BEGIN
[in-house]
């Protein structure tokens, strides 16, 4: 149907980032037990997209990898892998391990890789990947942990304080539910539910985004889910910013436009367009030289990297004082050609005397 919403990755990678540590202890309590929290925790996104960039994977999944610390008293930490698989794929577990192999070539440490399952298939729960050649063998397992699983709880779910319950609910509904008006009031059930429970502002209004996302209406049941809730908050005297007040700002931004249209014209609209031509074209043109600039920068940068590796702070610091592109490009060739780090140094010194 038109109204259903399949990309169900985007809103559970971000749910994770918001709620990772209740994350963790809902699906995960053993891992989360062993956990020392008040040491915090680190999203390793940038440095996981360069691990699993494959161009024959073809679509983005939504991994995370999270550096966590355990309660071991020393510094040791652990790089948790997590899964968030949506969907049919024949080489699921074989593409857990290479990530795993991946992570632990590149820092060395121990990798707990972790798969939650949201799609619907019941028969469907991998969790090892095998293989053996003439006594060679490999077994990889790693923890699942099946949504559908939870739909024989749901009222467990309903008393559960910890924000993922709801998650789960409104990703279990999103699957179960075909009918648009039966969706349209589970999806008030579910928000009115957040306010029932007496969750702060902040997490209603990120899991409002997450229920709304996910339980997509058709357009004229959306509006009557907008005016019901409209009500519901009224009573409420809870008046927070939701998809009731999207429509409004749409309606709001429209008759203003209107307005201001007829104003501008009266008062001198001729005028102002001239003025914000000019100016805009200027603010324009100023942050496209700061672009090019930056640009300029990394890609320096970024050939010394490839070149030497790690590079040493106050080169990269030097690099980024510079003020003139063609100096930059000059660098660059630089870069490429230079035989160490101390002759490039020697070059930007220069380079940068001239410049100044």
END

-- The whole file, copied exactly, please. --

[in-house]
């Protein structure tokens, strides 16, 4: 149907980032037990997209990898892998391990890789990947942990304080539910539910985004889910910013436009367009030289990297004082050609005397 919403990755990678540590202890309590929290925790996104960039994977999944610390008293930490698989794929577990192999070539440490399952298939729960050649063998397992699983709880779910319950609910509904008006009031059930429970502002209004996302209406049941809730908050005297007040700002931004249209014209609209031509074209043109600039920068940068590796702070610091592109490009060739780090140094010194 038109109204259903399949990309169900985007809103559970971000749910994770918001709620990772209740994350963790809902699906995960053993891992989360062993956990020392008040040491915090680190999203390793940038440095996981360069691990699993494959161009024959073809679509983005939504991994995370999270550096966590355990309660071991020393510094040791652990790089948790997590899964968030949506969907049919024949080489699921074989593409857990290479990530795993991946992570632990590149820092060395121990990798707990972790798969939650949201799609619907019941028969469907991998969790090892095998293989053996003439006594060679490999077994990889790693923890699942099946949504559908939870739909024989749901009222467990309903008393559960910890924000993922709801998650789960409104990703279990999103699957179960075909009918648009039966969706349209589970999806008030579910928000009115957040306010029932007496969750702060902040997490209603990120899991409002997450229920709304996910339980997509058709357009004229959306509006009557907008005016019901409209009500519901009224009573409420809870008046927070939701998809009731999207429509409004749409309606709001429209008759203003209107307005201001007829104003501008009266008062001198001729005028102002001239003025914000000019100016805009200027603010324009100023942050496209700061672009090019930056640009300029990394890609320096970024050939010394490839070149030497790690590079040493106050080169990269030097690099980024510079003020003139063609100096930059000059660098660059630089870069490429230079035989160490101390002759490039020697070059930007220069380079940068001239410049100044």